Livingston campus also features the best dining hall and an assortment of food options like Starbucks, Henry’s Diner and Kilmer’s Market, a grocery store that allows you to use your meal swipes.

With these many options, plus a movie theater and modern student center, there's never a need to leave Livingston campus. Upperclassmen rave about the Livingston Apartments, one of the most expensive housing options that are conveniently located on top of Kilmer's Market, as well as the first-year housing, Lynton Towers, that are next to the Livingston Student Center bus stop.

Thus, people who live on Livingston campus are active students who like to stay busy. They like to seek out different food options that stray from a monotonous routine and get involved in clubs and events at the Livingston Student Center — but they're not quite as busy or “city-esque” as the College Avenue campus dwellers.

Livingston campus is also home to the Rutgers Business School, so a lot of students who reside here are the “finance bro” type, meaning they can crunch numbers at rapid speed but might have so much confidence it comes across as arrogant.

Living on Livingston campus is like living in the suburbs: You have everything you need! The only reason someone would choose the College Avenue campus instead is for the excitement of a faster pace.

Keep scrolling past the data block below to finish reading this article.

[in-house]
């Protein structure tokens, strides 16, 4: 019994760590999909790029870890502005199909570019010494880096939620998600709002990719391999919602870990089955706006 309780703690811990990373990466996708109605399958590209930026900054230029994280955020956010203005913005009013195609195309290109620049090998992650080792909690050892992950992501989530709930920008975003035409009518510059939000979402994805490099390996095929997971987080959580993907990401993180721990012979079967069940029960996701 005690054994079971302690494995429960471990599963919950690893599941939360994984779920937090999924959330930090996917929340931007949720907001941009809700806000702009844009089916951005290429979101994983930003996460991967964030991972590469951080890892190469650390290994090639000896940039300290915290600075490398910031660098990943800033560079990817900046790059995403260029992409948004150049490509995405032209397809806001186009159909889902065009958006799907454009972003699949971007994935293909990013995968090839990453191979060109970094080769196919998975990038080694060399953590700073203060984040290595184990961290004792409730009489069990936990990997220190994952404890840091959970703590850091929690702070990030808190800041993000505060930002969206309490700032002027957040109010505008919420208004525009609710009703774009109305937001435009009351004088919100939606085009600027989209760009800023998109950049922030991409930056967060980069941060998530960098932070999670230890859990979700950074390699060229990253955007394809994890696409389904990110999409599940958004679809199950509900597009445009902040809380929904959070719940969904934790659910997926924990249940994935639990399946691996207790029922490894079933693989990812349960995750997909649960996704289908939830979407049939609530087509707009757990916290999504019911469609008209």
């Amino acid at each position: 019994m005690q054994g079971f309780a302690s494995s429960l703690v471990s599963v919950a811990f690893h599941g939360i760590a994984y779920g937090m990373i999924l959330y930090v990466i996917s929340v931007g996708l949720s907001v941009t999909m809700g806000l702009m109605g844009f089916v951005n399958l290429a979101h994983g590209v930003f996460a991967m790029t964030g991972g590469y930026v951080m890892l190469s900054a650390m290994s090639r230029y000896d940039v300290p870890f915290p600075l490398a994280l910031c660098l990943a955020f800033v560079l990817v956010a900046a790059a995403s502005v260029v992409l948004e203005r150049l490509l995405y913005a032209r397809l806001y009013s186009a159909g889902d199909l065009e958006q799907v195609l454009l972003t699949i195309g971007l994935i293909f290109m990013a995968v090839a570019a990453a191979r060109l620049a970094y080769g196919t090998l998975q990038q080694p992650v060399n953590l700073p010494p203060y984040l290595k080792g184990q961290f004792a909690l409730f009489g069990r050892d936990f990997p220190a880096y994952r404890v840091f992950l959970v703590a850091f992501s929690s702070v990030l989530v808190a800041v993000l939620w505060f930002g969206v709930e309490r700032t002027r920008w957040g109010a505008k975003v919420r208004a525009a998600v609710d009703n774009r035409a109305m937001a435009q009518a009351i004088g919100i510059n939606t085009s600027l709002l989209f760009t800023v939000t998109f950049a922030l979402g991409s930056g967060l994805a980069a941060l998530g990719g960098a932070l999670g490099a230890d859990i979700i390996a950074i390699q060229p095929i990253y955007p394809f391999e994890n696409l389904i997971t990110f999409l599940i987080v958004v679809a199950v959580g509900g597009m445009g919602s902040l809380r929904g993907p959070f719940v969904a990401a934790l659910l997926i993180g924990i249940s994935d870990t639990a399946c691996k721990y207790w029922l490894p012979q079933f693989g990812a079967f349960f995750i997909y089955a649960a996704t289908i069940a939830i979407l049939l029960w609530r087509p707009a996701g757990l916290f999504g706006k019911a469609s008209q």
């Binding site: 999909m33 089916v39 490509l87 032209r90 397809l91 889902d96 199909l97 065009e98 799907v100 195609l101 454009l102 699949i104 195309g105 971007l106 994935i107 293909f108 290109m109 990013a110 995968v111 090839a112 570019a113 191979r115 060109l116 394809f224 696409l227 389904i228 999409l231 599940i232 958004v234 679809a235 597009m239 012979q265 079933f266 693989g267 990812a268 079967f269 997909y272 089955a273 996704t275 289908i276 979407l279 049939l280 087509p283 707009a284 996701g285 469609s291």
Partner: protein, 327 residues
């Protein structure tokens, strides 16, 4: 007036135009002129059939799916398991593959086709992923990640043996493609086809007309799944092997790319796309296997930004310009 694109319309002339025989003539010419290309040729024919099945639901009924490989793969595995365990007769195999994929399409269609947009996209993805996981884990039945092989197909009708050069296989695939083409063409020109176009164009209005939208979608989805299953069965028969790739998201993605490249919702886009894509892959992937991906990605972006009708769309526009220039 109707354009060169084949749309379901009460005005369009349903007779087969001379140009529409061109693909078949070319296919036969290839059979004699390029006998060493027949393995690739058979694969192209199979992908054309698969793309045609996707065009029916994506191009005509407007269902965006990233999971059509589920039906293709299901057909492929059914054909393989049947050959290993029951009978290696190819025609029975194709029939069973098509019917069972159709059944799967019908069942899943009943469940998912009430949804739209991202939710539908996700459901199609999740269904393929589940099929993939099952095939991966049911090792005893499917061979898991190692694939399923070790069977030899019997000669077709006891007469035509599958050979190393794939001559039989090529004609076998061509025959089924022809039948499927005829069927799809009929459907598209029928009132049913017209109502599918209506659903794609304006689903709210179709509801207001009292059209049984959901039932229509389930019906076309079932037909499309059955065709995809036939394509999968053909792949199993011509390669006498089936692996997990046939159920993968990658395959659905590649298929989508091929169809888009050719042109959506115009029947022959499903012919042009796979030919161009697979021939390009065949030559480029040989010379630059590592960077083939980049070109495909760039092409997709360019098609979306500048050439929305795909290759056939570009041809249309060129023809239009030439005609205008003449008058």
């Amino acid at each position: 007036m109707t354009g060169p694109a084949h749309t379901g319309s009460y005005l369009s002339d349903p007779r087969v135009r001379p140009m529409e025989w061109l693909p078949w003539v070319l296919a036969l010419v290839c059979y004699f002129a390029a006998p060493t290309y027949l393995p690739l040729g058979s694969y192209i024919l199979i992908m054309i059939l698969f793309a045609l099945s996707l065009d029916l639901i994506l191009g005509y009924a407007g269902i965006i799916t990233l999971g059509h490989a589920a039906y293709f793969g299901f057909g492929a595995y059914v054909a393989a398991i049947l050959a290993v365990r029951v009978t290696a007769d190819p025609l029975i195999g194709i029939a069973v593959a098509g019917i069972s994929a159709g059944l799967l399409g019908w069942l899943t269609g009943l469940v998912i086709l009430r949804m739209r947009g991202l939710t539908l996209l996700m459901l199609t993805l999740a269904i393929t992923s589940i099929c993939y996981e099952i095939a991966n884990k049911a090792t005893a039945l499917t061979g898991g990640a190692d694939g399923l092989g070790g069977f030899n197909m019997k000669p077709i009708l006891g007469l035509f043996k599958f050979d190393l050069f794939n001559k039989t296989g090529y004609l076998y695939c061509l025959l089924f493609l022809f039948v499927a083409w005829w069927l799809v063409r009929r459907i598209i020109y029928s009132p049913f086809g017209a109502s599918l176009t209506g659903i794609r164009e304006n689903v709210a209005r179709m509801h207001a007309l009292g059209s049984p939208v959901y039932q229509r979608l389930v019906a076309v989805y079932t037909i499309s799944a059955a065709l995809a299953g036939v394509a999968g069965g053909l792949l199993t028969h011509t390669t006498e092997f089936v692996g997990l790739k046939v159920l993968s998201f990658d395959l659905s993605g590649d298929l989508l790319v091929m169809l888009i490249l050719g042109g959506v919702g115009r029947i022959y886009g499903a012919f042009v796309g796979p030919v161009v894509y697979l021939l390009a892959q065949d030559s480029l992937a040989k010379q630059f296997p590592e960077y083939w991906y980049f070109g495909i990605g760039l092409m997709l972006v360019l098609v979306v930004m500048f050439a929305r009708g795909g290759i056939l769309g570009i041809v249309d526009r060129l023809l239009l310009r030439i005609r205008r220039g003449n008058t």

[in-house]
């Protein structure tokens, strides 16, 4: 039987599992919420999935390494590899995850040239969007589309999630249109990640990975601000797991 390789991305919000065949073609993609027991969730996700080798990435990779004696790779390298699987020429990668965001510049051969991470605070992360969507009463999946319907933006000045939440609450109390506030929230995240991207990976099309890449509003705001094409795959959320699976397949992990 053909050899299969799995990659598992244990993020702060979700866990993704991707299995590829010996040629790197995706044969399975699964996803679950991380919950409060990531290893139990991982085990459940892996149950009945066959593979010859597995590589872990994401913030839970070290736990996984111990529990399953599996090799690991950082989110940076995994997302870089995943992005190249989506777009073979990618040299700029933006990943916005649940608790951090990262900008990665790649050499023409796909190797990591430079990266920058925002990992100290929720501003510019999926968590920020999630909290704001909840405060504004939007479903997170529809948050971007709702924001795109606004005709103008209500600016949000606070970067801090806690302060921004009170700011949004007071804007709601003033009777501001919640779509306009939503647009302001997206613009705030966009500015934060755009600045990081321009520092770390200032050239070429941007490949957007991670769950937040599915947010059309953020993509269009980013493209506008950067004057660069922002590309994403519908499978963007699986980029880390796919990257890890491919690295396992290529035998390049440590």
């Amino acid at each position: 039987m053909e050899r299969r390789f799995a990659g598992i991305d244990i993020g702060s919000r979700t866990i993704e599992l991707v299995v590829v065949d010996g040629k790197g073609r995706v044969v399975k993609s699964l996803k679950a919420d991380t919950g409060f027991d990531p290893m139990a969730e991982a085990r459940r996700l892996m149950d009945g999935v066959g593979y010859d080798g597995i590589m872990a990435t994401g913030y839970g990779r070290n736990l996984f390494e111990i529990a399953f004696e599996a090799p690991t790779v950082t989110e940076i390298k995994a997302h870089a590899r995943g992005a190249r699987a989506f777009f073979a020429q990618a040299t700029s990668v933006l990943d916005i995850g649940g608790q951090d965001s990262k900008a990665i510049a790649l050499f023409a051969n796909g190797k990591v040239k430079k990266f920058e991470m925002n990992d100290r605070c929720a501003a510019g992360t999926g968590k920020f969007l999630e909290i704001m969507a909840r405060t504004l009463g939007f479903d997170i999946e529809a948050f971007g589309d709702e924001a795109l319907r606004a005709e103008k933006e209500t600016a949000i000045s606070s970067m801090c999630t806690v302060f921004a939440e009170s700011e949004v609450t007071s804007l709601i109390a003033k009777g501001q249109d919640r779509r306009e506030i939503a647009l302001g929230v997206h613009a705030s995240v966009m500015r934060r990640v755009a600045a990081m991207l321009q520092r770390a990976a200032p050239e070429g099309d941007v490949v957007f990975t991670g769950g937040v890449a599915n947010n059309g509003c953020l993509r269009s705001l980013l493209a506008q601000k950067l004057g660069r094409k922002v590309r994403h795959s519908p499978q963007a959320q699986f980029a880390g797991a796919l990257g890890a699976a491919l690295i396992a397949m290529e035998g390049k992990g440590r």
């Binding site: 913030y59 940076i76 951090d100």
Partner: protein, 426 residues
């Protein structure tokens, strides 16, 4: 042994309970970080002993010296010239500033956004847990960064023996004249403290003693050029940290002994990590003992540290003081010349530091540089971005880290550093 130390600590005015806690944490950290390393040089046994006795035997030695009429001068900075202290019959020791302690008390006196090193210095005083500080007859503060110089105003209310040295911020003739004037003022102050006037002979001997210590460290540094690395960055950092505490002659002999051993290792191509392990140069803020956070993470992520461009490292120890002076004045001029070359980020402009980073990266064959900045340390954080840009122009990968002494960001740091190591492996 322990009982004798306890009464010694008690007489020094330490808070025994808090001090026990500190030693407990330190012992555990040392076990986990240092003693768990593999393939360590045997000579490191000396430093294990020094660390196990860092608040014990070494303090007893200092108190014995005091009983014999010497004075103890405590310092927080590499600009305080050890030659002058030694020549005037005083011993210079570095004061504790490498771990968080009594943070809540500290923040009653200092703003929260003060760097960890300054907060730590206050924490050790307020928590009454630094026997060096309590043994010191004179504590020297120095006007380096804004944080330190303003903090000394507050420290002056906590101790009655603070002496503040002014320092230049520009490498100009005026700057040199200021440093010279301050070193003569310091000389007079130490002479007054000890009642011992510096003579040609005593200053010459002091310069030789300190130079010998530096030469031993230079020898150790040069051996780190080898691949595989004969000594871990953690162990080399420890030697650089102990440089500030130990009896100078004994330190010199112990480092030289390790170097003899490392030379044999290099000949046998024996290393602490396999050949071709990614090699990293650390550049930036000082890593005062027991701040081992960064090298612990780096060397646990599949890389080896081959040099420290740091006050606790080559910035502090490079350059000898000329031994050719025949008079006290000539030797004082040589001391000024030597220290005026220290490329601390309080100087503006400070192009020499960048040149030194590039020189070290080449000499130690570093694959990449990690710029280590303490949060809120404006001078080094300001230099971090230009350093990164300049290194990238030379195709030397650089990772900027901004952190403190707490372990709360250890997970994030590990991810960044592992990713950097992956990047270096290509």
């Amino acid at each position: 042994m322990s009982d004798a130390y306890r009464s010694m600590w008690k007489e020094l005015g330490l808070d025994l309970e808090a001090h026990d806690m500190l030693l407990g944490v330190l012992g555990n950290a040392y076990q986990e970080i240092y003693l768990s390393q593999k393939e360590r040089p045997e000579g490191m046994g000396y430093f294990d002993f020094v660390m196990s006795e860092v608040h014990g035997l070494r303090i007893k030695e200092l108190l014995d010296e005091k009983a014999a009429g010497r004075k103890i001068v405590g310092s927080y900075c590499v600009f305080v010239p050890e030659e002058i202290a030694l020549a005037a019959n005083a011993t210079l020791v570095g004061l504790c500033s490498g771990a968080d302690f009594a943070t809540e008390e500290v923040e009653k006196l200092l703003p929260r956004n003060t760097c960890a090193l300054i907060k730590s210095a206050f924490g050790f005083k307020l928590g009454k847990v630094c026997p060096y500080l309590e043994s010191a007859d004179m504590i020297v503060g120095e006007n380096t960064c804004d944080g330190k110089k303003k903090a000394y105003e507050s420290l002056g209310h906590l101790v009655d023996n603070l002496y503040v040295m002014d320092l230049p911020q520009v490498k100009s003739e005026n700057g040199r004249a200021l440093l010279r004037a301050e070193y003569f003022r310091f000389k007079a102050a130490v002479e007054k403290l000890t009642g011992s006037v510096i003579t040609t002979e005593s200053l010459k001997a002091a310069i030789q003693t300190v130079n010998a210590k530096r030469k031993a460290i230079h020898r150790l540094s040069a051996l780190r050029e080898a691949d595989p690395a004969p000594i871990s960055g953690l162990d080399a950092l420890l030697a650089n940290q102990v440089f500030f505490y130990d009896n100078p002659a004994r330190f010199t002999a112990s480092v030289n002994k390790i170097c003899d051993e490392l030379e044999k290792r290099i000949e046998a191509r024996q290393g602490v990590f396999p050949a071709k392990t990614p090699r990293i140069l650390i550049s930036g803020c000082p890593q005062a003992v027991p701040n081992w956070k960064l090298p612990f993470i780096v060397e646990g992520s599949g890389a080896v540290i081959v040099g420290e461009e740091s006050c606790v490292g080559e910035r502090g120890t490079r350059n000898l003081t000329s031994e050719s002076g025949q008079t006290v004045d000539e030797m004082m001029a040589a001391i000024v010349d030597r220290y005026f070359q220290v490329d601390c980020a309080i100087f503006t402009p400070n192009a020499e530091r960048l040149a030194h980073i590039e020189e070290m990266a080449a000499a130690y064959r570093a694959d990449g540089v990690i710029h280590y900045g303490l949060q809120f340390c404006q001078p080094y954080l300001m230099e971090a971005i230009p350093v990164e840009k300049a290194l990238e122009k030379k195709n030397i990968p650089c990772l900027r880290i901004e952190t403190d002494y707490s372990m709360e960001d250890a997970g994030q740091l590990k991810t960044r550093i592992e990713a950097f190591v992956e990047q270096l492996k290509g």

Busch campus

Next up is Busch Campus, a sleepy campus between the highway and the Livingston Campus. When walking onto Busch for the first time you may feel like you accidentally stepped into a Dr. Seuss book — or Tony Stark’s labs.

The buildings are high-tech and architecturally bold, giving it the same vibe as the Massachusetts Institute of Technology. The students here are brainy, most of them being engineers, and they spend a lot of time in class, studying or working on winning the next Nobel Prize in the lab buildings.

This campus is also really spread out. It's a long walk from the Busch Student Center to the residence halls and to other buildings used for classes on Busch campus, making it less desirable for students who want to travel to other campuses on the weekends, particularly to the College Avenue campus to socialize.

Busch campus is also popular with diehard Scarlet Knight fans who want to be the first spectators at SHI Stadium on fall game days. Polar opposite to the desires of brainiac STEM majors, Busch campus also houses the football stadium and is overflowing with buses, fans and tailgates on Saturdays throughout the fall.